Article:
A DOMBOSHAVA man was last Sunday ordered by a traditional court to pay $2 000 as lobola first before divorcing his wife of seven years.
Obert Masanga (54) was brought before Simon Chidziva — the reigning Chief Chinamhora — by his wife Beulah Mhembere (34) for divorcing her without giving her a token that showed that he had annulled the marriage (gupuro).
Beulah said Masanga had disowned her without following the proper traditional divorce channels.
“It all started when we were staying at his mother’s house, but that place was unbearable and I went back to my family,” said Beulah.
“When I returned, this is when he said I had to go back to my family because he no longerloved me.”
Beulah said her parents ordered her to return to Masanga’s home because he had not given her proof that she had been divorced.
She said Masanga did not give her anything, but only told her by word of mouth that he had divorced her.
In his defence, Masanga insisted that he no longer loved his wife because she did not respect him.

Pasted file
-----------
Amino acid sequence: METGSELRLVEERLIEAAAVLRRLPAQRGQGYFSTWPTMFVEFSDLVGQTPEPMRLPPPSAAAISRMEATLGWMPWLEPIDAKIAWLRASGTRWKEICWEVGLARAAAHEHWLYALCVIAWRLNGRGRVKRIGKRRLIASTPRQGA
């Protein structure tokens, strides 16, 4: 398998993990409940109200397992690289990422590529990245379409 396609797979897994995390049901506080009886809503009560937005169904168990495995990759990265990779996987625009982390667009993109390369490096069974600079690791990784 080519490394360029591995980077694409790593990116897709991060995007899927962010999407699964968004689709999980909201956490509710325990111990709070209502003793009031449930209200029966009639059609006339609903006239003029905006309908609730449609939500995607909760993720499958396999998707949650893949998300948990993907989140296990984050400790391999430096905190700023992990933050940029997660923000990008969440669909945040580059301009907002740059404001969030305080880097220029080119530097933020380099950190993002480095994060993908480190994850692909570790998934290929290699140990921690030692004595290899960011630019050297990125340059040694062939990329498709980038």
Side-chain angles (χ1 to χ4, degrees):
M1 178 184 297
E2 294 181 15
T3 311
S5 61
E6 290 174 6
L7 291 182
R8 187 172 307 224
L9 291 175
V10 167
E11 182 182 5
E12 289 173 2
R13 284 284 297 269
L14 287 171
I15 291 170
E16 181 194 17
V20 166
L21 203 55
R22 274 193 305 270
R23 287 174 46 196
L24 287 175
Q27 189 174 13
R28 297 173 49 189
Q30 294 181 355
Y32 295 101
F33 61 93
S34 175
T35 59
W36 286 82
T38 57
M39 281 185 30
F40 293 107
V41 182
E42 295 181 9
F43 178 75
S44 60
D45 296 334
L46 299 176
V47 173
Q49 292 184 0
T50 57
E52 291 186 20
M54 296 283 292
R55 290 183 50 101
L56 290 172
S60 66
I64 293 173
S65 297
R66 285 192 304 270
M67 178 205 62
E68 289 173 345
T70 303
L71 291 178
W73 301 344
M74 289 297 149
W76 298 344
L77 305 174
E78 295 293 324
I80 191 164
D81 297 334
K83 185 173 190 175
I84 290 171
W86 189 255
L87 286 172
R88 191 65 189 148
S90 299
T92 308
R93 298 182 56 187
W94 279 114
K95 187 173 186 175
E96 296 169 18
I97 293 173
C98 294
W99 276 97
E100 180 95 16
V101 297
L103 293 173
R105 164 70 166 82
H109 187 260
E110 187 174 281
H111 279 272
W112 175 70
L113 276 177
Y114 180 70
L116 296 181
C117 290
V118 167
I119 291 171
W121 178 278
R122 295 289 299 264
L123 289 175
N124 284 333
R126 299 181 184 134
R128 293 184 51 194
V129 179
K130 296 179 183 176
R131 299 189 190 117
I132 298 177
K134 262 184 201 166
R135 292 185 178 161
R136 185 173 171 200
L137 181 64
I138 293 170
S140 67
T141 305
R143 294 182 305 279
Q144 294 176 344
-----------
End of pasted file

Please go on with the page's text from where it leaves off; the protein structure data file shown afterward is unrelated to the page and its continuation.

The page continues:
“I no longer want this lady because she disrespects me. If you tell her to do something, she reverses everything and moreover, she is too provocative,” said Masanga.
He also said Beulah accused his mother of being a witch, “ behaviour I will not tolerate”.
When asked by Chief Chinamhora if he had paid lobola or given his wife a divorce token, Masanga set the traditional court in stitches when he said he could not really remember what he gave his in-laws.
“(Tupfuma ndakanga ndakabvisa tushoma asi rusambo handichaziva) I had not completed paying the bride price, but I did not give her a token to show that I have divorced her,” he said.
Chief Chinamhora ordered Masanga to pay bride price first before divorcing his wife.
“You had not paid bride price for your wife, so in our culture that is not allowed. So you first have to pay lobola and later give her a divorce token (gupuro) which can be $10,” he said.
The lobola was pegged at $2 000 and three cows, of which two were for the children they have together.
The other cow is for his mother-in-law, the chief ruled.
Chief Chinamhora said Masanga must at least pay either the money or the three cattle by May 25 this year.
But Masanga, who survives on piece jobs, pleaded with the court and the date was later moved to June 22 this year.